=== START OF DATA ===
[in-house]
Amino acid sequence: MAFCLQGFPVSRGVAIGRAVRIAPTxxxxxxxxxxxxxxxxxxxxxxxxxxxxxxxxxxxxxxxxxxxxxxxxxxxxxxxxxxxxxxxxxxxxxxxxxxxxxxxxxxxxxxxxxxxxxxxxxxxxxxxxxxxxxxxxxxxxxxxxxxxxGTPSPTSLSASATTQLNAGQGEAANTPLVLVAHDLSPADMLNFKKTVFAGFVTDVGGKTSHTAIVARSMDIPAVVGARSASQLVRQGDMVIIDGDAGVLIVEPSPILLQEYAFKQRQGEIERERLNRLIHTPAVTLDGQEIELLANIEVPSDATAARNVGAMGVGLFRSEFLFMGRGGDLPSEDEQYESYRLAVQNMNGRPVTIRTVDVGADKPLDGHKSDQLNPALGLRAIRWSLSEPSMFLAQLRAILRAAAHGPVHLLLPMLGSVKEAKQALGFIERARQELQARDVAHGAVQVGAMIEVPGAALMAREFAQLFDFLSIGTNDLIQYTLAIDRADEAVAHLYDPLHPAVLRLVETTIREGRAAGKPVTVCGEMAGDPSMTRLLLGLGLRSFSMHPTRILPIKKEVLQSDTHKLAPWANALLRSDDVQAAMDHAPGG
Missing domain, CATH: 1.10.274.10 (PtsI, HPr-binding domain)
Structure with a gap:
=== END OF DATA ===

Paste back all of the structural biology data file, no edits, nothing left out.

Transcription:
[in-house]
Amino acid sequence: MAFCLQGFPVSRGVAIGRAVRIAPTxxxxxxxxxxxxxxxxxxxxxxxxxxxxxxxxxxxxxxxxxxxxxxxxxxxxxxxxxxxxxxxxxxxxxxxxxxxxxxxxxxxxxxxxxxxxxxxxxxxxxxxxxxxxxxxxxxxxxxxxxxxxGTPSPTSLSASATTQLNAGQGEAANTPLVLVAHDLSPADMLNFKKTVFAGFVTDVGGKTSHTAIVARSMDIPAVVGARSASQLVRQGDMVIIDGDAGVLIVEPSPILLQEYAFKQRQGEIERERLNRLIHTPAVTLDGQEIELLANIEVPSDATAARNVGAMGVGLFRSEFLFMGRGGDLPSEDEQYESYRLAVQNMNGRPVTIRTVDVGADKPLDGHKSDQLNPALGLRAIRWSLSEPSMFLAQLRAILRAAAHGPVHLLLPMLGSVKEAKQALGFIERARQELQARDVAHGAVQVGAMIEVPGAALMAREFAQLFDFLSIGTNDLIQYTLAIDRADEAVAHLYDPLHPAVLRLVETTIREGRAAGKPVTVCGEMAGDPSMTRLLLGLGLRSFSMHPTRILPIKKEVLQSDTHKLAPWANALLRSDDVQAAMDHAPGG
Missing domain, CATH: 1.10.274.10 (PtsI, HPr-binding domain)
Structure with a gap: